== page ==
Known as the father of modern French cuisine or nouvelle cuisine. In 1963, a charismatic woman with a passion for French cuisine and an inimitable voice appeared before the cameras of the WGBH and introduced Americans to the art of French cuisine. At the pinnacle was the Chef de Cuisine (executive chef), responsible for all kitchen operations and all those that depended on him. So, while foodie founder Jefferson's love for wine is highly appreciated, his legacy also includes being the original defender of French cuisine in the United States.
Auguste Escoffier, in full Georges-Auguste Escoffier (born October 28, 1846 in Villeneuve-Loubet, France, died February 12, 1935 in Monte Carlo, Monaco), French culinary artist, known as “the king of chefs and the chef of kings”, who earned a worldwide reputation as director of the kitchens of the Savoy Hotel (1890-1909) and, more afternoon, at the Carlton Hotel, both in London. While in Paris with her husband, Julia enrolled at Le Cordon Bleu, where she attended French cooking classes. And Hemings worked as an apprentice with the best chefs in Paris and returned to teaching his brother Peter the art of French cuisine, eventually earning his freedom. Together with two French friends, Simone Beck and Louisette Bertholle, she co-wrote Mastering the Art of French Cooking, published in 1961, whose goal was to make French cuisine accessible to Americans.
I vaguely knew the name Auguste Escoffier a few months ago, but if they had asked me to summarize his life or its importance, I wouldn't have been able to do it, except to say that he was a pioneer of French cuisine. It was on a 1961 promotional tour for Mastering the Art of French Cooking that Julia had her first contact with public television, as a guest on a WGBH book review program called I've Been Reading. Among the other advances that can be attributed to the series, it was in The French Chef that WGBH first introduced subtitles for viewers who are deaf or hard of hearing. Georges Auguste Escoffier was born on October 28, 1846 under humble circumstances in the French town of Villaneuve-Loubet, not far from Niece.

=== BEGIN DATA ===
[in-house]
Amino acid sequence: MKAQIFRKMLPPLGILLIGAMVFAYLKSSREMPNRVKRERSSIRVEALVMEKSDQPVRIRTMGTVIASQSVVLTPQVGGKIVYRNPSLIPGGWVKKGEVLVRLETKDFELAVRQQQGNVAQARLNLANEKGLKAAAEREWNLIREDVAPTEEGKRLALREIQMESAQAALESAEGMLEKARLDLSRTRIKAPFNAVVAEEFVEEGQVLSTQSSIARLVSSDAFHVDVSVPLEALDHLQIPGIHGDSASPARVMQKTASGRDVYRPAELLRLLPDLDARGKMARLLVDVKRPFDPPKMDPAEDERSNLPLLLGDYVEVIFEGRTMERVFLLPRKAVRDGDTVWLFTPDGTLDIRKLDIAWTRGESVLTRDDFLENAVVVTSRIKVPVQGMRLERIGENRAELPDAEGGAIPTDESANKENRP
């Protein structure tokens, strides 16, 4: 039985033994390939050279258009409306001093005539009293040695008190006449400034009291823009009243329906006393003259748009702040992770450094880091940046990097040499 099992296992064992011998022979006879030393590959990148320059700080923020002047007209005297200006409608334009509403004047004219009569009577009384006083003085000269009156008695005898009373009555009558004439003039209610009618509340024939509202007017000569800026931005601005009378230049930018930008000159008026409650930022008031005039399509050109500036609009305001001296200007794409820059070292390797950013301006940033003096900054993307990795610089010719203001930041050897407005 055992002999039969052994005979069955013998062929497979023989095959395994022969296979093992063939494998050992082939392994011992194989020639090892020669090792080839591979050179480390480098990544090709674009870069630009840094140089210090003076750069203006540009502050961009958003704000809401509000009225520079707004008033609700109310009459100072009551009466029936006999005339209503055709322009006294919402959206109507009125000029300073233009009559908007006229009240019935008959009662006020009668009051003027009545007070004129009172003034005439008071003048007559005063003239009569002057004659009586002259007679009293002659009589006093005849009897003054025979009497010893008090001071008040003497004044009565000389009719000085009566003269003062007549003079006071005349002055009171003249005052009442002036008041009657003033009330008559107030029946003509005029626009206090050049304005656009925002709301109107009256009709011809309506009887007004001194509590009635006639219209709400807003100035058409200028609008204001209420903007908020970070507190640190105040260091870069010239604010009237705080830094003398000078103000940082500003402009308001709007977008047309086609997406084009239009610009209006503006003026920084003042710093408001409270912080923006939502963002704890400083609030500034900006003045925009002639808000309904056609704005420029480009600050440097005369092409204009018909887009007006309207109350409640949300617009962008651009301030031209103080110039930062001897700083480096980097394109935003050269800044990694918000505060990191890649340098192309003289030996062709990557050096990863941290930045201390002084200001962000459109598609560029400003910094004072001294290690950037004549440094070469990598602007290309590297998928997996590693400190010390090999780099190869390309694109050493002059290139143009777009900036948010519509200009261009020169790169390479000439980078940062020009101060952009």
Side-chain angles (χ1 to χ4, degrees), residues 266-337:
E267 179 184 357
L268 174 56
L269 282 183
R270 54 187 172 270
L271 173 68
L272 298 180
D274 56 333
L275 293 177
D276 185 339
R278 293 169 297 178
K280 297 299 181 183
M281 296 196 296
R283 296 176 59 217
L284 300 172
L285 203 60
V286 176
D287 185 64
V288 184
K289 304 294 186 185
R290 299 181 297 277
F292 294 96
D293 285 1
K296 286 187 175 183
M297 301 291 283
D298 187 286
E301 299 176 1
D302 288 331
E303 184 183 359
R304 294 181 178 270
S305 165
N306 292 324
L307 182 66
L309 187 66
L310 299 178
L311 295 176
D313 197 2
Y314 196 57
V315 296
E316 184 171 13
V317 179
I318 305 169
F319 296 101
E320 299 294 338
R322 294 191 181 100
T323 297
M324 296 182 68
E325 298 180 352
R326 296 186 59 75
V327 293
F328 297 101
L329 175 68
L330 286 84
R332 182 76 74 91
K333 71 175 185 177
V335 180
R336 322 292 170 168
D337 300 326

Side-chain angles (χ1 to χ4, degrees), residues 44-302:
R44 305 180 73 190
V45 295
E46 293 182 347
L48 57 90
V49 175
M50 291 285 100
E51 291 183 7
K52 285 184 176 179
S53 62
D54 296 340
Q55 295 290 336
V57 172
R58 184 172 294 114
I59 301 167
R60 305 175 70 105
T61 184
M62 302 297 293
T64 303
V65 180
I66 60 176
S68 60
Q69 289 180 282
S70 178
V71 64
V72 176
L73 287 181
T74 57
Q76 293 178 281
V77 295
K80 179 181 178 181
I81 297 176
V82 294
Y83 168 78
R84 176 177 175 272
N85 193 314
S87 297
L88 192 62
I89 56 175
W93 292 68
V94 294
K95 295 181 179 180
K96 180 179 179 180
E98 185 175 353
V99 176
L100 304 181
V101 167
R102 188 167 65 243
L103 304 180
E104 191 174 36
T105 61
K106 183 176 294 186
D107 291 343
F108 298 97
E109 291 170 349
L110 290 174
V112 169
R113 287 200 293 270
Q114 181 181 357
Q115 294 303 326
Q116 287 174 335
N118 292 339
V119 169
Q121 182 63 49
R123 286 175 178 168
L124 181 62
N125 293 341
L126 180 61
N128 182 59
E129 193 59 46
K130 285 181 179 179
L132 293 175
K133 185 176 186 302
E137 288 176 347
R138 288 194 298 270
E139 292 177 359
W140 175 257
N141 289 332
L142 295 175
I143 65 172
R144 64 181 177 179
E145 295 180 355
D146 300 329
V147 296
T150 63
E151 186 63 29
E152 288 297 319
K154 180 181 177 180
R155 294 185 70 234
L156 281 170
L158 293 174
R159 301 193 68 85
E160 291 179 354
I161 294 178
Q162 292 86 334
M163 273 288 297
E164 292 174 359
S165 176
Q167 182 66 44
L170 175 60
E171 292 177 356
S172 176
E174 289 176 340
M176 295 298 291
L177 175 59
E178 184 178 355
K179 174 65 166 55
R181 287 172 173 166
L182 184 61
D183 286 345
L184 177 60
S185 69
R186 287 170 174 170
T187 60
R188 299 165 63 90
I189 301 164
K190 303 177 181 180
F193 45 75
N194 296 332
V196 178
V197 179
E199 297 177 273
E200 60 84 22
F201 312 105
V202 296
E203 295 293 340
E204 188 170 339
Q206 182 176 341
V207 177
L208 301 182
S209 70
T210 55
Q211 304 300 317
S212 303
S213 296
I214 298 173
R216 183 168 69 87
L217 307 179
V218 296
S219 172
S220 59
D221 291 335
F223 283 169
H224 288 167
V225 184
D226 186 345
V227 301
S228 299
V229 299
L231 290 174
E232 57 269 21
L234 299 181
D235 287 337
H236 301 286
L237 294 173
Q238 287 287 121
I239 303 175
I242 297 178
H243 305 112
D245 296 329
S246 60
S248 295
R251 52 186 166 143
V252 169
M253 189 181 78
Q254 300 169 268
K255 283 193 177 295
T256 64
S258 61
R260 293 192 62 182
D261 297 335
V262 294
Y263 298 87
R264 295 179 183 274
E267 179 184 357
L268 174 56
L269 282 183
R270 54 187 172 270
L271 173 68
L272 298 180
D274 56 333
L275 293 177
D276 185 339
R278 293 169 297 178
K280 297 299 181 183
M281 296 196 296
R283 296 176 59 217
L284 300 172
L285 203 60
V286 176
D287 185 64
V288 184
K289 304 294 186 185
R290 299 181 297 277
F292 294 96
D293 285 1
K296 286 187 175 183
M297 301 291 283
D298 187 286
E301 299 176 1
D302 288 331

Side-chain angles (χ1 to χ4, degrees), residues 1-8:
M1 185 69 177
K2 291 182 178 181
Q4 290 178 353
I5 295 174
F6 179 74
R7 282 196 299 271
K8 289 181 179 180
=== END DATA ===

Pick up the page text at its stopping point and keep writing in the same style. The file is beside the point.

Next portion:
These ideas were widely disseminated through Larousse Gastronomique (1993), a definitive work on classic French cuisine by Escoffier's friend, Prosper Montagné, a leading chef. If Hemings went to France as an apprentice to the best French chefs of the time, learned the techniques and dishes, and then returned to the United States and taught a slave the wonders of the French culinary tradition, Jefferson would grant Hemings freedom.